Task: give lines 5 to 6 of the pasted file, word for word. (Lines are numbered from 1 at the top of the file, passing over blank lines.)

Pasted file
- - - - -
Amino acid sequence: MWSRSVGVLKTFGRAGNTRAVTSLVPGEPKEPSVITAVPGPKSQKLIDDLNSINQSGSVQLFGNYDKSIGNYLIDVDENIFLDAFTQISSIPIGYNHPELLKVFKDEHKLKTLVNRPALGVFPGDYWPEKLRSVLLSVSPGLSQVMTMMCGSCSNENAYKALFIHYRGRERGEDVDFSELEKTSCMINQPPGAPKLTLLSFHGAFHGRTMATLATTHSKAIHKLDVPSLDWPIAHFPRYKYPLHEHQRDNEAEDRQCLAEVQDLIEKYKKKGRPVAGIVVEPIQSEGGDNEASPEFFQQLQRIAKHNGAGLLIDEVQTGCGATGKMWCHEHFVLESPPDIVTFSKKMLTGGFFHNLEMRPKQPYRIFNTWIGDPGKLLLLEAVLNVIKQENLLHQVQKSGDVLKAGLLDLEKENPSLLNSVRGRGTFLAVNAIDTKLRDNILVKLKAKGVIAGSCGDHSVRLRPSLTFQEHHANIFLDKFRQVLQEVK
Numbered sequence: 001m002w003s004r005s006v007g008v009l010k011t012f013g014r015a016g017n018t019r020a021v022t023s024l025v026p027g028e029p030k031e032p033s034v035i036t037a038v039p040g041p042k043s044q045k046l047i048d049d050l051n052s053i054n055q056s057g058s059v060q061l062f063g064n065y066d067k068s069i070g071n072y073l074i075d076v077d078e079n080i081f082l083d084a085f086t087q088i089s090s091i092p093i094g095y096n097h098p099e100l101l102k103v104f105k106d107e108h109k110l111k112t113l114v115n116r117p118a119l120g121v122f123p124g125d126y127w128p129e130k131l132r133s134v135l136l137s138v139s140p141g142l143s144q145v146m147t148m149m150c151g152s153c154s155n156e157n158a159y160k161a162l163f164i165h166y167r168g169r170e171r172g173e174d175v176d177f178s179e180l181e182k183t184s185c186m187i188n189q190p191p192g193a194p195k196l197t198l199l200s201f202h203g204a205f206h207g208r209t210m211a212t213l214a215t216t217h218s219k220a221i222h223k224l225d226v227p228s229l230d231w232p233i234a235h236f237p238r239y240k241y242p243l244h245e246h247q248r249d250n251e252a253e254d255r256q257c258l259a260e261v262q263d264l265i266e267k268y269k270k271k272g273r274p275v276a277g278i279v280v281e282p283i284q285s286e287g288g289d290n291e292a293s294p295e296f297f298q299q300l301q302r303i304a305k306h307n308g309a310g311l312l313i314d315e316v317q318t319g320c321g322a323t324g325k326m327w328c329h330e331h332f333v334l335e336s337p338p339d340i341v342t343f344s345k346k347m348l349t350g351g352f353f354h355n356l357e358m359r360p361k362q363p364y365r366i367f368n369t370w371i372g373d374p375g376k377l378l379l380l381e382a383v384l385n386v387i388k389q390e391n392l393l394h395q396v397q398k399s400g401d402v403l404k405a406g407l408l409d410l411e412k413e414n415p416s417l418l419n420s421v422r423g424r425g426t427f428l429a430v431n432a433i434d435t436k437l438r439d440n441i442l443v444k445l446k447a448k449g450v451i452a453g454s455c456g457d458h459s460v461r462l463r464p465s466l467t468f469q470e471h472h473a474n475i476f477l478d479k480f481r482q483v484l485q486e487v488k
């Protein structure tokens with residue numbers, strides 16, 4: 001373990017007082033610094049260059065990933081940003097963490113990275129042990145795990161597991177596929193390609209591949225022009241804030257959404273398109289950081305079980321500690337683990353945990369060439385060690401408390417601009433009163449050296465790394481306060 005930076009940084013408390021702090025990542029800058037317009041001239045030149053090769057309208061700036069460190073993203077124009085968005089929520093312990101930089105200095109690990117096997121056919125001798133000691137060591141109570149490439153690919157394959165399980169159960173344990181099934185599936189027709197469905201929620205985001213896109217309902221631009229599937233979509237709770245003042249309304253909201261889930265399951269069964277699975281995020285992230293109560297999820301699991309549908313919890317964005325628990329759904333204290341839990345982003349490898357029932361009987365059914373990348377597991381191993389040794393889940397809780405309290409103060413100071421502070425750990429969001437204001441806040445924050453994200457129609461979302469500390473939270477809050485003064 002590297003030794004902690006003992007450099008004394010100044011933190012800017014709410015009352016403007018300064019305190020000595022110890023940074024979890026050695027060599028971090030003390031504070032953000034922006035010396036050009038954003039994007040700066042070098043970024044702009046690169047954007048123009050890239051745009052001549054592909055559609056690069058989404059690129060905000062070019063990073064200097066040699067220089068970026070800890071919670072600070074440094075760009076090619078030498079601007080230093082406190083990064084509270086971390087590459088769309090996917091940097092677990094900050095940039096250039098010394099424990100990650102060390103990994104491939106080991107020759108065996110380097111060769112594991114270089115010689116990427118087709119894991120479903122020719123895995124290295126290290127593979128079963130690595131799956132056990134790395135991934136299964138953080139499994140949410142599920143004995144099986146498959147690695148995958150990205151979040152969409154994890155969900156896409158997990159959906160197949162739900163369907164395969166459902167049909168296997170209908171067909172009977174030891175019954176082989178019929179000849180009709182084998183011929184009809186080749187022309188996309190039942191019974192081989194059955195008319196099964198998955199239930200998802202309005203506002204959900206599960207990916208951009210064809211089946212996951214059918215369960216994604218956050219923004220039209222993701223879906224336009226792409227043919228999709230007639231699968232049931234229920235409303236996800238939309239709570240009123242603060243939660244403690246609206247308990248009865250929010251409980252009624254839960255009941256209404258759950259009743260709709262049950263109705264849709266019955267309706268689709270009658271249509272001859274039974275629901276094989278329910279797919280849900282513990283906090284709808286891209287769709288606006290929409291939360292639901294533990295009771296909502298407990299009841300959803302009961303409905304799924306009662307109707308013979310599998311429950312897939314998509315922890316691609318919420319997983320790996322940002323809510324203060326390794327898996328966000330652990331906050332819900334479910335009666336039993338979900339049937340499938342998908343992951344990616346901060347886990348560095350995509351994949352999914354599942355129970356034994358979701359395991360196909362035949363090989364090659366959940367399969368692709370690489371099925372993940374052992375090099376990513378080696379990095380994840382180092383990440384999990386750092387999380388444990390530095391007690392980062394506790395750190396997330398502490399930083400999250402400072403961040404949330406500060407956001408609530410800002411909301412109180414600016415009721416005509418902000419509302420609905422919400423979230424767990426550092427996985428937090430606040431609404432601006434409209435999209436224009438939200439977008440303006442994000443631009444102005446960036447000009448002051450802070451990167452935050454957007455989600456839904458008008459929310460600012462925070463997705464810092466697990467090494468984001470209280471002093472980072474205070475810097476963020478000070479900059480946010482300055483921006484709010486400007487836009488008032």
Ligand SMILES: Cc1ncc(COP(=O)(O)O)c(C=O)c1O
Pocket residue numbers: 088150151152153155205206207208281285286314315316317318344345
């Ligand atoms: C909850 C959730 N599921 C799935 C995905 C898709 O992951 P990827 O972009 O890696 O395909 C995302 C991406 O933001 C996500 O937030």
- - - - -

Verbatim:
Pocket residue numbers: 088150151152153155205206207208281285286314315316317318344345
């Ligand atoms: C909850 C959730 N599921 C799935 C995905 C898709 O992951 P990827 O972009 O890696 O395909 C995302 C991406 O933001 C996500 O937030």